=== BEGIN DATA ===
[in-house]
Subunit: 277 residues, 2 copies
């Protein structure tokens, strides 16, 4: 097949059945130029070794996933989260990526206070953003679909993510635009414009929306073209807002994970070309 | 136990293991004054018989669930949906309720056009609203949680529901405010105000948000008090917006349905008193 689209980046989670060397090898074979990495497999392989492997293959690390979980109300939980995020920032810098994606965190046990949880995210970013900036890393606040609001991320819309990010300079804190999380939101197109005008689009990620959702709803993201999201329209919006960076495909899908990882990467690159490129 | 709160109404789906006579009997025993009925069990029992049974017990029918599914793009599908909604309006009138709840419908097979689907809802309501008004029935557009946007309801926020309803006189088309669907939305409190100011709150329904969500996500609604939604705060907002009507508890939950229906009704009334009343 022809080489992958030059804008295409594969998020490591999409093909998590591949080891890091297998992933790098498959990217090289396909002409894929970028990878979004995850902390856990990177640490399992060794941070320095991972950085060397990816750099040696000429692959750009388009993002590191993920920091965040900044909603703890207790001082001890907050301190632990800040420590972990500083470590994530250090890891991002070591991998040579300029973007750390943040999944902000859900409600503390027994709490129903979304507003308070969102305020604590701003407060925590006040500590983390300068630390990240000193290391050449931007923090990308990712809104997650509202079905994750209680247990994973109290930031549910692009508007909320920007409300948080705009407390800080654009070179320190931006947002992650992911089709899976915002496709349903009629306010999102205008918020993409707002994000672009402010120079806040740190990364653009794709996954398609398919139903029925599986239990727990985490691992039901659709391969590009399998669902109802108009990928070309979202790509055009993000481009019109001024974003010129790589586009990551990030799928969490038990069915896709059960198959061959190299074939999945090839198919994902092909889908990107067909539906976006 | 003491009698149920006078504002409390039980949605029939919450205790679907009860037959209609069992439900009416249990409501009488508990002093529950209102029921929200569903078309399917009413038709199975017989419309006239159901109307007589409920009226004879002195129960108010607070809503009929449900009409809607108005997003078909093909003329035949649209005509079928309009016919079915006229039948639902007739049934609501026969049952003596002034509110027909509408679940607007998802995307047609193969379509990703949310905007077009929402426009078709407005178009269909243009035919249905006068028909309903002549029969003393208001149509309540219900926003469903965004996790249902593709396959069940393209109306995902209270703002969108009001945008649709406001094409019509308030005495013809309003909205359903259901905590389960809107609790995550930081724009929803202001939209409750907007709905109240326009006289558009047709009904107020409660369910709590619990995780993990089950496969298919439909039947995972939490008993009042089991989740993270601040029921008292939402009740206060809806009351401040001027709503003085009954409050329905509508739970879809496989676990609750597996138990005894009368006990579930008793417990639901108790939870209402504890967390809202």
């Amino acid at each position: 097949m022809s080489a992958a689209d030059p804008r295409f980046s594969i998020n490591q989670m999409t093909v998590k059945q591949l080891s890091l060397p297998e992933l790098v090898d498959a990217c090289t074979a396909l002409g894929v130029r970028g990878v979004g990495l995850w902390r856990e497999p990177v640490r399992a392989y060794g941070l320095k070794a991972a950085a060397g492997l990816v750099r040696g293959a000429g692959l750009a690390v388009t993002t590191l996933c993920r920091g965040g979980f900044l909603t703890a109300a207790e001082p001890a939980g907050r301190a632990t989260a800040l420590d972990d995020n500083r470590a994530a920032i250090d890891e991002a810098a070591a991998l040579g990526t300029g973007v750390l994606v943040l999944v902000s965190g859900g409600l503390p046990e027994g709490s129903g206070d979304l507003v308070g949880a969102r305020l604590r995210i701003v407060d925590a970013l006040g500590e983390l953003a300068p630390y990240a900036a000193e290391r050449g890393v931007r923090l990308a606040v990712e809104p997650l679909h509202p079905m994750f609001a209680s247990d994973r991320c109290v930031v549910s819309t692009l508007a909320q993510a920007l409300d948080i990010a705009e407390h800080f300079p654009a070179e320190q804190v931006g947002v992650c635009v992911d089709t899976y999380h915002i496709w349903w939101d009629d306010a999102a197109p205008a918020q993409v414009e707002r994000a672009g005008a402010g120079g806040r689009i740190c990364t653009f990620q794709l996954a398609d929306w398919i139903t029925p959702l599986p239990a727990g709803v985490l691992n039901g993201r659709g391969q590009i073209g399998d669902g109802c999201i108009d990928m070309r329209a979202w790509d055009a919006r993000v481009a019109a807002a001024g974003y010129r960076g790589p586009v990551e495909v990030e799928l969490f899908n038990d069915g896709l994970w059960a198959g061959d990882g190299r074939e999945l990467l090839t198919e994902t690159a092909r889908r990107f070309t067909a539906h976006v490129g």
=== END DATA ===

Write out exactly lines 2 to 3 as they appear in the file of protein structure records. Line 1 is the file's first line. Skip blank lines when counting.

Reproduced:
Subunit: 277 residues, 2 copies
């Protein structure tokens, strides 16, 4: 097949059945130029070794996933989260990526206070953003679909993510635009414009929306073209807002994970070309 | 136990293991004054018989669930949906309720056009609203949680529901405010105000948000008090917006349905008193 689209980046989670060397090898074979990495497999392989492997293959690390979980109300939980995020920032810098994606965190046990949880995210970013900036890393606040609001991320819309990010300079804190999380939101197109005008689009990620959702709803993201999201329209919006960076495909899908990882990467690159490129 | 709160109404789906006579009997025993009925069990029992049974017990029918599914793009599908909604309006009138709840419908097979689907809802309501008004029935557009946007309801926020309803006189088309669907939305409190100011709150329904969500996500609604939604705060907002009507508890939950229906009704009334009343 022809080489992958030059804008295409594969998020490591999409093909998590591949080891890091297998992933790098498959990217090289396909002409894929970028990878979004995850902390856990990177640490399992060794941070320095991972950085060397990816750099040696000429692959750009388009993002590191993920920091965040900044909603703890207790001082001890907050301190632990800040420590972990500083470590994530250090890891991002070591991998040579300029973007750390943040999944902000859900409600503390027994709490129903979304507003308070969102305020604590701003407060925590006040500590983390300068630390990240000193290391050449931007923090990308990712809104997650509202079905994750209680247990994973109290930031549910692009508007909320920007409300948080705009407390800080654009070179320190931006947002992650992911089709899976915002496709349903009629306010999102205008918020993409707002994000672009402010120079806040740190990364653009794709996954398609398919139903029925599986239990727990985490691992039901659709391969590009399998669902109802108009990928070309979202790509055009993000481009019109001024974003010129790589586009990551990030799928969490038990069915896709059960198959061959190299074939999945090839198919994902092909889908990107067909539906976006 | 003491009698149920006078504002409390039980949605029939919450205790679907009860037959209609069992439900009416249990409501009488508990002093529950209102029921929200569903078309399917009413038709199975017989419309006239159901109307007589409920009226004879002195129960108010607070809503009929449900009409809607108005997003078909093909003329035949649209005509079928309009016919079915006229039948639902007739049934609501026969049952003596002034509110027909509408679940607007998802995307047609193969379509990703949310905007077009929402426009078709407005178009269909243009035919249905006068028909309903002549029969003393208001149509309540219900926003469903965004996790249902593709396959069940393209109306995902209270703002969108009001945008649709406001094409019509308030005495013809309003909205359903259901905590389960809107609790995550930081724009929803202001939209409750907007709905109240326009006289558009047709009904107020409660369910709590619990995780993990089950496969298919439909039947995972939490008993009042089991989740993270601040029921008292939402009740206060809806009351401040001027709503003085009954409050329905509508739970879809496989676990609750597996138990005894009368006990579930008793417990639901108790939870209402504890967390809202």